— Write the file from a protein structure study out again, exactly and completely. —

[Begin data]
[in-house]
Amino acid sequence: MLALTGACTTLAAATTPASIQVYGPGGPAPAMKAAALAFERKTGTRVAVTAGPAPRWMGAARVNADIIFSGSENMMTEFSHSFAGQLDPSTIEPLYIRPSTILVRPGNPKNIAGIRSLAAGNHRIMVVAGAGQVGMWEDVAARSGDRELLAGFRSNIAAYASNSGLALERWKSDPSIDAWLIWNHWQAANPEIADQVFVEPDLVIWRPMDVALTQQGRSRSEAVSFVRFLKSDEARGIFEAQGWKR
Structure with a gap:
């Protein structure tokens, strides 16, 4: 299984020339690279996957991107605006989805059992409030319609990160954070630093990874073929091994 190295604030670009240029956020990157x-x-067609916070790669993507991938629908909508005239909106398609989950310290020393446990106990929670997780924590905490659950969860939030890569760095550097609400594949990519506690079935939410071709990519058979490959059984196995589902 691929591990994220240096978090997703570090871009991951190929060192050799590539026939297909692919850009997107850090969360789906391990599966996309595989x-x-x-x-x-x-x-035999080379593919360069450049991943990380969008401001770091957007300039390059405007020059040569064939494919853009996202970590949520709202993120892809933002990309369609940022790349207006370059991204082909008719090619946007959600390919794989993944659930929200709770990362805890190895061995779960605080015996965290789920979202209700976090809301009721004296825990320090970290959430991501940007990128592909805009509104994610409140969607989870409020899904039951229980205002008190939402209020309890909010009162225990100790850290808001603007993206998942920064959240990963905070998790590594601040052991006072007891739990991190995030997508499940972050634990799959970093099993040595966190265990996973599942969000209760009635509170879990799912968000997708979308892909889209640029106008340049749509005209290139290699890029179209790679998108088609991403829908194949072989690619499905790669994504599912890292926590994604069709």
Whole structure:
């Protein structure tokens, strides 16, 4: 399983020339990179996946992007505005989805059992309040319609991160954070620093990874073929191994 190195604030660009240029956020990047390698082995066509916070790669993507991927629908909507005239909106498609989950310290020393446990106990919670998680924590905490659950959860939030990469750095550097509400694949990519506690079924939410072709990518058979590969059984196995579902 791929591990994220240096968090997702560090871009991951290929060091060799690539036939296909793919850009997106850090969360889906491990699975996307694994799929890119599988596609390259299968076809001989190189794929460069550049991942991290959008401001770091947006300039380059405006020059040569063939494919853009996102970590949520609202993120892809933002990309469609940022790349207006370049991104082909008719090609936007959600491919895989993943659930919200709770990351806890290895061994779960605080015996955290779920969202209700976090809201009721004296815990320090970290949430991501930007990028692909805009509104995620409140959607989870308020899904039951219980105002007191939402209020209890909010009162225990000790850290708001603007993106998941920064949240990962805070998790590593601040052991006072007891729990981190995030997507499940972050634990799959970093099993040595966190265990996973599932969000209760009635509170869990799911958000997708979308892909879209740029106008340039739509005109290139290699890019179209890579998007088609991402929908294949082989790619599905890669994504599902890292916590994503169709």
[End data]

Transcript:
[in-house]
Amino acid sequence: MLALTGACTTLAAATTPASIQVYGPGGPAPAMKAAALAFERKTGTRVAVTAGPAPRWMGAARVNADIIFSGSENMMTEFSHSFAGQLDPSTIEPLYIRPSTILVRPGNPKNIAGIRSLAAGNHRIMVVAGAGQVGMWEDVAARSGDRELLAGFRSNIAAYASNSGLALERWKSDPSIDAWLIWNHWQAANPEIADQVFVEPDLVIWRPMDVALTQQGRSRSEAVSFVRFLKSDEARGIFEAQGWKR
Structure with a gap:
């Protein structure tokens, strides 16, 4: 299984020339690279996957991107605006989805059992409030319609990160954070630093990874073929091994 190295604030670009240029956020990157x-x-067609916070790669993507991938629908909508005239909106398609989950310290020393446990106990929670997780924590905490659950969860939030890569760095550097609400594949990519506690079935939410071709990519058979490959059984196995589902 691929591990994220240096978090997703570090871009991951190929060192050799590539026939297909692919850009997107850090969360789906391990599966996309595989x-x-x-x-x-x-x-035999080379593919360069450049991943990380969008401001770091957007300039390059405007020059040569064939494919853009996202970590949520709202993120892809933002990309369609940022790349207006370059991204082909008719090619946007959600390919794989993944659930929200709770990362805890190895061995779960605080015996965290789920979202209700976090809301009721004296825990320090970290959430991501940007990128592909805009509104994610409140969607989870409020899904039951229980205002008190939402209020309890909010009162225990100790850290808001603007993206998942920064959240990963905070998790590594601040052991006072007891739990991190995030997508499940972050634990799959970093099993040595966190265990996973599942969000209760009635509170879990799912968000997708979308892909889209640029106008340049749509005209290139290699890029179209790679998108088609991403829908194949072989690619499905790669994504599912890292926590994604069709």
Whole structure:
């Protein structure tokens, strides 16, 4: 399983020339990179996946992007505005989805059992309040319609991160954070620093990874073929191994 190195604030660009240029956020990047390698082995066509916070790669993507991927629908909507005239909106498609989950310290020393446990106990919670998680924590905490659950959860939030990469750095550097509400694949990519506690079924939410072709990518058979590969059984196995579902 791929591990994220240096968090997702560090871009991951290929060091060799690539036939296909793919850009997106850090969360889906491990699975996307694994799929890119599988596609390259299968076809001989190189794929460069550049991942991290959008401001770091947006300039380059405006020059040569063939494919853009996102970590949520609202993120892809933002990309469609940022790349207006370049991104082909008719090609936007959600491919895989993943659930919200709770990351806890290895061994779960605080015996955290779920969202209700976090809201009721004296815990320090970290949430991501930007990028692909805009509104995620409140959607989870308020899904039951219980105002007191939402209020209890909010009162225990000790850290708001603007993106998941920064949240990962805070998790590593601040052991006072007891729990981190995030997507499940972050634990799959970093099993040595966190265990996973599932969000209760009635509170869990799911958000997708979308892909879209740029106008340039739509005109290139290699890019179209890579998007088609991402929908294949082989790619599905890669994504599902890292916590994503169709």